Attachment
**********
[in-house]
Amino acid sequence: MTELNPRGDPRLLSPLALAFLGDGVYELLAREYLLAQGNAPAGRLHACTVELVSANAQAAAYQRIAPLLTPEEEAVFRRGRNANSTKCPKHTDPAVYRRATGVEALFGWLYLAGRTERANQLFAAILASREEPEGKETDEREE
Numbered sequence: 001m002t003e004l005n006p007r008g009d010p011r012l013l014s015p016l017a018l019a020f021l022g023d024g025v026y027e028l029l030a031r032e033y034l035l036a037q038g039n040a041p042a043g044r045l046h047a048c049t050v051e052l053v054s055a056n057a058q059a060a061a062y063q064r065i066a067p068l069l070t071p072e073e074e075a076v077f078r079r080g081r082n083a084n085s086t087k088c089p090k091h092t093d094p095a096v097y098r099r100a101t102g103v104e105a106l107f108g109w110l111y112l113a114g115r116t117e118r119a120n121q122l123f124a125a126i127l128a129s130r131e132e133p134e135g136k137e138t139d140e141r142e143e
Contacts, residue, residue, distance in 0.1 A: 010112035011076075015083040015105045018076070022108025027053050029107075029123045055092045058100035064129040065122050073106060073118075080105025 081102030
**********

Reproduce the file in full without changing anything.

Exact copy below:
[in-house]
Amino acid sequence: MTELNPRGDPRLLSPLALAFLGDGVYELLAREYLLAQGNAPAGRLHACTVELVSANAQAAAYQRIAPLLTPEEEAVFRRGRNANSTKCPKHTDPAVYRRATGVEALFGWLYLAGRTERANQLFAAILASREEPEGKETDEREE
Numbered sequence: 001m002t003e004l005n006p007r008g009d010p011r012l013l014s015p016l017a018l019a020f021l022g023d024g025v026y027e028l029l030a031r032e033y034l035l036a037q038g039n040a041p042a043g044r045l046h047a048c049t050v051e052l053v054s055a056n057a058q059a060a061a062y063q064r065i066a067p068l069l070t071p072e073e074e075a076v077f078r079r080g081r082n083a084n085s086t087k088c089p090k091h092t093d094p095a096v097y098r099r100a101t102g103v104e105a106l107f108g109w110l111y112l113a114g115r116t117e118r119a120n121q122l123f124a125a126i127l128a129s130r131e132e133p134e135g136k137e138t139d140e141r142e143e
Contacts, residue, residue, distance in 0.1 A: 010112035011076075015083040015105045018076070022108025027053050029107075029123045055092045058100035064129040065122050073106060073118075080105025 081102030